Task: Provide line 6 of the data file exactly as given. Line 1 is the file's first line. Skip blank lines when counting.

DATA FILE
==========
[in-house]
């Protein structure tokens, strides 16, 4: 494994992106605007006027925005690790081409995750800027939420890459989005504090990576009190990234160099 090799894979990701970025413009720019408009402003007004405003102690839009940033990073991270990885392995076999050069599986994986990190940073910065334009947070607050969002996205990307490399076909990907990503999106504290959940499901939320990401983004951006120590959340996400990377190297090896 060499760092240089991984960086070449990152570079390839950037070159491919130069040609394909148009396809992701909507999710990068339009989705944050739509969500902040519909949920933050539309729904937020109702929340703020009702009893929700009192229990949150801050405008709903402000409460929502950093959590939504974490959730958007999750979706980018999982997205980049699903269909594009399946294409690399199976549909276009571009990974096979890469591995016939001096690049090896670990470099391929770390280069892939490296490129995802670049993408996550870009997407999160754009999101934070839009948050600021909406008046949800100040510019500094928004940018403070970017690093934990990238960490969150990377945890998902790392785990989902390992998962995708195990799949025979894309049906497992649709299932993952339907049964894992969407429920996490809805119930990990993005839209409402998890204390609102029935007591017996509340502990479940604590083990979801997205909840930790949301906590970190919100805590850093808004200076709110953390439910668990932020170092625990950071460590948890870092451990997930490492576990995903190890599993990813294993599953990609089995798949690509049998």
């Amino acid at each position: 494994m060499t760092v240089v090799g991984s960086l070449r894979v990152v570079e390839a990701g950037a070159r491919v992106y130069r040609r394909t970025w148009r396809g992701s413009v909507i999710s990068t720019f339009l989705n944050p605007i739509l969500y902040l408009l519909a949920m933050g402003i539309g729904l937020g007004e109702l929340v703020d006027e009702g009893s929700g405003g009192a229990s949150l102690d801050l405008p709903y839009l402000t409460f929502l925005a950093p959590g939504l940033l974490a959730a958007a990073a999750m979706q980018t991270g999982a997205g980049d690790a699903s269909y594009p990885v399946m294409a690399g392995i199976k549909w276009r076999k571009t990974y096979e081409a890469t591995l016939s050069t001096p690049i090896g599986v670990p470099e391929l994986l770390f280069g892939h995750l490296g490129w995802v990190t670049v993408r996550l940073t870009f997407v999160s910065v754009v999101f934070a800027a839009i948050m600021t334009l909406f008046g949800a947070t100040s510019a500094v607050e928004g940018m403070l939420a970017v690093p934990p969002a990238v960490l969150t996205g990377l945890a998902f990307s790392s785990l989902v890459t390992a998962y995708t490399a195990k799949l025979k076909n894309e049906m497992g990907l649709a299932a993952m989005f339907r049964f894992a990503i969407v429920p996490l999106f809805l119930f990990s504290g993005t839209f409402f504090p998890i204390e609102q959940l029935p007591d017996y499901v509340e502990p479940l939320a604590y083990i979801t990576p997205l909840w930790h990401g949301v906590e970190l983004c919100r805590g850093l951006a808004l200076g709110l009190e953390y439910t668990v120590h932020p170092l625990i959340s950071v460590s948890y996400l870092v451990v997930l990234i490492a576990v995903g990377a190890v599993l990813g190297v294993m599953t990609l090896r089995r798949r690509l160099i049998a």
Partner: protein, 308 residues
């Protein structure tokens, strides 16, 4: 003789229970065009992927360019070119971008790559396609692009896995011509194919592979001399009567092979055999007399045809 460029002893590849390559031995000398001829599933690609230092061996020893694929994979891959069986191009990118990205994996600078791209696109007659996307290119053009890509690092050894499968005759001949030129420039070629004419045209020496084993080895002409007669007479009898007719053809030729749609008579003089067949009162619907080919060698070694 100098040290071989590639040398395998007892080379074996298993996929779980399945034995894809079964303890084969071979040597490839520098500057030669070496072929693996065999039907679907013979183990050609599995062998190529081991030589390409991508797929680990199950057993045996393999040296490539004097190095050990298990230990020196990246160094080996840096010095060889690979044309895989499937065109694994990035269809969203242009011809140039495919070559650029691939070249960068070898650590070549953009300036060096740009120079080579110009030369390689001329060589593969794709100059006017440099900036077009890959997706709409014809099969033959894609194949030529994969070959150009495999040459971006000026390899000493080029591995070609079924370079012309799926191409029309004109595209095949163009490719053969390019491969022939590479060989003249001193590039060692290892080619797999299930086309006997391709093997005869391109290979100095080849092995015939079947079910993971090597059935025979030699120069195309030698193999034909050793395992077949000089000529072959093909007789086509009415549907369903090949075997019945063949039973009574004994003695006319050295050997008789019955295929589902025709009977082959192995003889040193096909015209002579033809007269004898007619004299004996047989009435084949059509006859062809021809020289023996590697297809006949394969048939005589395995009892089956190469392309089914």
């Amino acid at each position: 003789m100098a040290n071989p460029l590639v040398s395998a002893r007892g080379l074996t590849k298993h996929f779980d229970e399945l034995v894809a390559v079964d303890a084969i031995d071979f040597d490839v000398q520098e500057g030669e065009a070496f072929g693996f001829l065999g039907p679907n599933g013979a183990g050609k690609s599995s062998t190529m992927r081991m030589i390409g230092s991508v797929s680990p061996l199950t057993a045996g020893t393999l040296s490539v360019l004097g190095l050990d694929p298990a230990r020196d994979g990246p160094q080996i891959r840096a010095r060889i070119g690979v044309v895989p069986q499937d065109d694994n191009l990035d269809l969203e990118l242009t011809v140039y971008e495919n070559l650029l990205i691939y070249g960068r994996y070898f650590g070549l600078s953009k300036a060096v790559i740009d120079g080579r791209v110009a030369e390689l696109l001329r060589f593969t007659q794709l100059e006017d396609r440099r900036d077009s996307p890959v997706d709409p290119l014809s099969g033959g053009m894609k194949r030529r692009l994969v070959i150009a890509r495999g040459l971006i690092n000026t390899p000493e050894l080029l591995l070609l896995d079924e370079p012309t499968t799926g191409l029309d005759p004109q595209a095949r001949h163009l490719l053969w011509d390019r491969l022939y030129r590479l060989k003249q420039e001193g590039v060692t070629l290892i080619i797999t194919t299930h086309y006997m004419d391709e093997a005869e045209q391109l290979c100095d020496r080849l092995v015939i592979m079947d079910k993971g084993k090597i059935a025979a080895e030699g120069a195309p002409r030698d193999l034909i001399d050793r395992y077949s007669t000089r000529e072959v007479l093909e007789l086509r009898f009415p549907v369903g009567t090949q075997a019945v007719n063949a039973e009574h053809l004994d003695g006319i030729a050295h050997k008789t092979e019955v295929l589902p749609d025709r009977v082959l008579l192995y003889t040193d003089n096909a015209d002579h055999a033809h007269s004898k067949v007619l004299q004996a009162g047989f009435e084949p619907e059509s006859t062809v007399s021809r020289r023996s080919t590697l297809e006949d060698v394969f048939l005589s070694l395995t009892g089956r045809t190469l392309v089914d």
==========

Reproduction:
């Amino acid at each position: 003789m100098a040290n071989p460029l590639v040398s395998a002893r007892g080379l074996t590849k298993h996929f779980d229970e399945l034995v894809a390559v079964d303890a084969i031995d071979f040597d490839v000398q520098e500057g030669e065009a070496f072929g693996f001829l065999g039907p679907n599933g013979a183990g050609k690609s599995s062998t190529m992927r081991m030589i390409g230092s991508v797929s680990p061996l199950t057993a045996g020893t393999l040296s490539v360019l004097g190095l050990d694929p298990a230990r020196d994979g990246p160094q080996i891959r840096a010095r060889i070119g690979v044309v895989p069986q499937d065109d694994n191009l990035d269809l969203e990118l242009t011809v140039y971008e495919n070559l650029l990205i691939y070249g960068r994996y070898f650590g070549l600078s953009k300036a060096v790559i740009d120079g080579r791209v110009a030369e390689l696109l001329r060589f593969t007659q794709l100059e006017d396609r440099r900036d077009s996307p890959v997706d709409p290119l014809s099969g033959g053009m894609k194949r030529r692009l994969v070959i150009a890509r495999g040459l971006i690092n000026t390899p000493e050894l080029l591995l070609l896995d079924e370079p012309t499968t799926g191409l029309d005759p004109q595209a095949r001949h163009l490719l053969w011509d390019r491969l022939y030129r590479l060989k003249q420039e001193g590039v060692t070629l290892i080619i797999t194919t299930h086309y006997m004419d391709e093997a005869e045209q391109l290979c100095d020496r080849l092995v015939i592979m079947d079910k993971g084993k090597i059935a025979a080895e030699g120069a195309p002409r030698d193999l034909i001399d050793r395992y077949s007669t000089r000529e072959v007479l093909e007789l086509r009898f009415p549907v369903g009567t090949q075997a019945v007719n063949a039973e009574h053809l004994d003695g006319i030729a050295h050997k008789t092979e019955v295929l589902p749609d025709r009977v082959l008579l192995y003889t040193d003089n096909a015209d002579h055999a033809h007269s004898k067949v007619l004299q004996a009162g047989f009435e084949p619907e059509s006859t062809v007399s021809r020289r023996s080919t590697l297809e006949d060698v394969f048939l005589s070694l395995t009892g089956r045809t190469l392309v089914d």